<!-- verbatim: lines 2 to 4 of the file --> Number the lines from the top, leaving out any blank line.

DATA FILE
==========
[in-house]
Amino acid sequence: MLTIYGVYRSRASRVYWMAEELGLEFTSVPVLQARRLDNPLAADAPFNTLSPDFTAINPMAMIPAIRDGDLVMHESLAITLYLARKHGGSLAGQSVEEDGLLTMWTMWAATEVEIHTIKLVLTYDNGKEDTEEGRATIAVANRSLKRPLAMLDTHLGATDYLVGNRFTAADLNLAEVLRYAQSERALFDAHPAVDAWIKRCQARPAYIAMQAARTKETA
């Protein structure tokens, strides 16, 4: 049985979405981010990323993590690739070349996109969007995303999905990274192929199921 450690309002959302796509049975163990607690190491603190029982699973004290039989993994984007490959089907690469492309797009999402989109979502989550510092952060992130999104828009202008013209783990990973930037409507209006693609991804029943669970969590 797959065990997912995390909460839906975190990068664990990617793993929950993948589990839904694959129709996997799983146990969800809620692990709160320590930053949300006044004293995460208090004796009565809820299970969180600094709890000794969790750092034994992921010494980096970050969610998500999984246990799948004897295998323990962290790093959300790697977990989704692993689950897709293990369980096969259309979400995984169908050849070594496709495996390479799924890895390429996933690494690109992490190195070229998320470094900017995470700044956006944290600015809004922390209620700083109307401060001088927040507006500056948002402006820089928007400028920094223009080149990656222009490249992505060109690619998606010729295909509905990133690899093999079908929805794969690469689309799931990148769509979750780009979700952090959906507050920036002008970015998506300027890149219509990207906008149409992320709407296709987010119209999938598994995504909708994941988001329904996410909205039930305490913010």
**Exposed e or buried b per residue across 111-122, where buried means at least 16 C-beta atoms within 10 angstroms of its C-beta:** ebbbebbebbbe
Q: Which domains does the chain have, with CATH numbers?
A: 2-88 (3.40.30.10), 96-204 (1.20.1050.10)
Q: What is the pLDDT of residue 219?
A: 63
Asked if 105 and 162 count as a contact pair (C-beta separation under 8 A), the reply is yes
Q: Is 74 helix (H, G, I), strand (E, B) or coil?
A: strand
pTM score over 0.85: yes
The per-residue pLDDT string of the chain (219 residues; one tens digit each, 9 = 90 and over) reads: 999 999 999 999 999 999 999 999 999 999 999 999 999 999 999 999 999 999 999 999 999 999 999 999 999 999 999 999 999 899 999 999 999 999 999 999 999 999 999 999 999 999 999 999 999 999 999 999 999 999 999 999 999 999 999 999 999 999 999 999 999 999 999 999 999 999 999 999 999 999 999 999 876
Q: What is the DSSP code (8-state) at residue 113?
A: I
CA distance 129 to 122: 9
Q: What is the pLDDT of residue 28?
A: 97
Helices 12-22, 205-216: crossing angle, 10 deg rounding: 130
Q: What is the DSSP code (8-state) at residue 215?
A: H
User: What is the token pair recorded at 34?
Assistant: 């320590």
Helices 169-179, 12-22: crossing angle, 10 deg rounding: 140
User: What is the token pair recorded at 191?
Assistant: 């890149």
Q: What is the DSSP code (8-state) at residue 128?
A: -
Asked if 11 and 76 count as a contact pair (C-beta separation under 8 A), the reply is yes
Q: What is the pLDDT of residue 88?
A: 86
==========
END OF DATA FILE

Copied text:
Amino acid sequence: MLTIYGVYRSRASRVYWMAEELGLEFTSVPVLQARRLDNPLAADAPFNTLSPDFTAINPMAMIPAIRDGDLVMHESLAITLYLARKHGGSLAGQSVEEDGLLTMWTMWAATEVEIHTIKLVLTYDNGKEDTEEGRATIAVANRSLKRPLAMLDTHLGATDYLVGNRFTAADLNLAEVLRYAQSERALFDAHPAVDAWIKRCQARPAYIAMQAARTKETA
């Protein structure tokens, strides 16, 4: 049985979405981010990323993590690739070349996109969007995303999905990274192929199921 450690309002959302796509049975163990607690190491603190029982699973004290039989993994984007490959089907690469492309797009999402989109979502989550510092952060992130999104828009202008013209783990990973930037409507209006693609991804029943669970969590 797959065990997912995390909460839906975190990068664990990617793993929950993948589990839904694959129709996997799983146990969800809620692990709160320590930053949300006044004293995460208090004796009565809820299970969180600094709890000794969790750092034994992921010494980096970050969610998500999984246990799948004897295998323990962290790093959300790697977990989704692993689950897709293990369980096969259309979400995984169908050849070594496709495996390479799924890895390429996933690494690109992490190195070229998320470094900017995470700044956006944290600015809004922390209620700083109307401060001088927040507006500056948002402006820089928007400028920094223009080149990656222009490249992505060109690619998606010729295909509905990133690899093999079908929805794969690469689309799931990148769509979750780009979700952090959906507050920036002008970015998506300027890149219509990207906008149409992320709407296709987010119209999938598994995504909708994941988001329904996410909205039930305490913010």
**Exposed e or buried b per residue across 111-122, where buried means at least 16 C-beta atoms within 10 angstroms of its C-beta:** ebbbebbebbbe